What is the end-game of America's confrontation with China? Many observers — as well as Chinese President Xi Jinping — probably hope the answer is the 2020 election. But they are likely to be disappointed. Even if President Trump's tenure ends with the next election cycle, the roots of the conflict are deep, and the actions of the Trump administration will likely have implications that reach far beyond his tenure.

In his presidential campaign, Trump attacked China over and over again as a rival that was "killing us" on trade. Through currency manipulation and other means, the Chinese government arguably created an artificial trade imbalance, in which America persistently bought more Chinese goods and services while the Chinese bought American debt.

As president, Trump has paid some attention to these matters, but less than his campaign would have suggested. He's been more attentive to the ways, both licit and illicit, in which China has bolstered its domestic industries, and striven to become a direct competitor and even to surpass the United States. These include direct state subsidies for Chinese companies, limits on foreign control of Chinese companies, requirements to transfer technology to Chinese partners as a condition of investment, and rampant disregard for the intellectual property norms that obtain in the U.S.

If that were the extent of the conflict, the Trump administration's strategic objectives with regard to China might resemble those of his predecessor, Barack Obama. The Obama administration's approach to China reflected concerns about the direction of Chinese economic and foreign policy, as well as domestic concerns about the state of American manufacturing. The military and diplomatic "pivot to Asia," which bolstered America's cooperation with a host of nations in China's orbit, and the Trans-Pacific Partnership, which aimed to harmonize rules for trade, investment, and intellectual property, were intended to box China into an American-led economic and security order in the Pacific. China, the theory went, would eventually realize that it would be more profitable to join that order than to challenge it, and become a productive partner as well as a powerful competitor.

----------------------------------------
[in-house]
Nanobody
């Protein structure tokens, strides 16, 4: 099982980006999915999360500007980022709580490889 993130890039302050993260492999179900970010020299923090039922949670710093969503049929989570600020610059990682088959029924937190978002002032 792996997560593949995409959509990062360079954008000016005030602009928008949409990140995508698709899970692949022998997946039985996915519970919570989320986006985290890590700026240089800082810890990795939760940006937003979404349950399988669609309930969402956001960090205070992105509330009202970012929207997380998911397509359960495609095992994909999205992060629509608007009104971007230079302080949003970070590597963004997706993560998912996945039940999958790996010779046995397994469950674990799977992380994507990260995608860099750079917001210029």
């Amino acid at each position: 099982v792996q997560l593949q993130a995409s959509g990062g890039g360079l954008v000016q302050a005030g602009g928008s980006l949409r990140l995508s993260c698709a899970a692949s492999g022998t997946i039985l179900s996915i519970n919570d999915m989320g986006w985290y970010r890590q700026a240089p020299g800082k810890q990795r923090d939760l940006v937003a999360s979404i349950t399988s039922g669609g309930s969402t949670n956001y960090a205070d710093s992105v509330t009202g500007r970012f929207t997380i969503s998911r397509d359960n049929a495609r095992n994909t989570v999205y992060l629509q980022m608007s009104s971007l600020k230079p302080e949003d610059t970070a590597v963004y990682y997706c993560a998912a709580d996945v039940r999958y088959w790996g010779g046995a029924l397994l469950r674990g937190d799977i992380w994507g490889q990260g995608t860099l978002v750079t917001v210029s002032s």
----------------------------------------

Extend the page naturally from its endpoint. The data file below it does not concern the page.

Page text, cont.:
Obama's strategy bore, at best, equivocal fruit before the end of his term. While Trump reversed course on the TPP, his escalating tariff war could simply be a more aggressive set of pressure tactics aimed at achieving the same result. Similarly, his so-far-fruitless overtures to Beijing's North Korean ally could be compared to Obama's overtures to Myanmar, another Chinese client. But they could be part of a more dramatic shift, not to change the terms of economic integration between the U.S. and China, but to unravel that integration outright.

Consider the administration's blacklisting of Huawei, China's leading global high-tech company. America has legitimate security concerns about Huawei's technology, as well as larger competitive issues with government support of the Chinese champion. But Huawei is central to China's aims to become a true peer competitor at the top of the value chain, and Beijing reasonably understands the administration's move not merely as a tactic to change Chinese policy, but as a direct attempt to restrain its rise. Much of the tech world views this as the opening salvo of a technological cold war.

Even if Trump loses his bid for re-election, a shift of this magnitude is unlikely to be reversed quickly, if at all. It’s not just that the winds of economic nationalism are blowing through both parties (Sen. Elizabeth Warren recently made a strong bid to carry that torch in the Democratic camp); even if an advocate of a relatively liberal trade regime, like Joe Biden, wins in 2020, neither the Chinese government nor American multinationals will be able to discount political risk to the U.S.-China relationship as they approach questions of where to invest or how to build their supply chains. And the Chinese will be unlikely to view American foreign and economic policy going forward as anything other than zero-sum, where America views China's rise as our own defeat. For that reason, a post-Trump attempt to "reset" relations with China could well prove as unsuccessful as the Obama administration's attempt to reset relations with Russia.

Does that mean conflict between China and America is inevitable? Not necessarily. Even if America adopted a more nationalistic approach to economic policy, and strove to reduce our economic integration with China, we could still engage in trade that did not raise security concerns, and compete peacefully with China for customers — at least in theory.

But in practice, things are unlikely to be so simple or so smooth. China is unlikely to accept limits on its economic rise, and we should expect them to use every form of leverage they have not only to advance their own aims but to disrupt America's own economic and security relationships. And America is unlikely to accept a Chinese sphere of economic influence in which America's technology giants are locked out and American investment is unwelcome. Some cautious observers are already anticipating the possibility of direct political conflict, while others are describing our relations as akin to war.

If we want to avoid what is still a metaphor from becoming a reality, we should try to imagine what a relatively stable modus vivendi might look like in a world where economic nationalism continues to be a force. Cold wars don't have to turn hot, but management of hostility requires at least as robust communication as peaceful alliances do.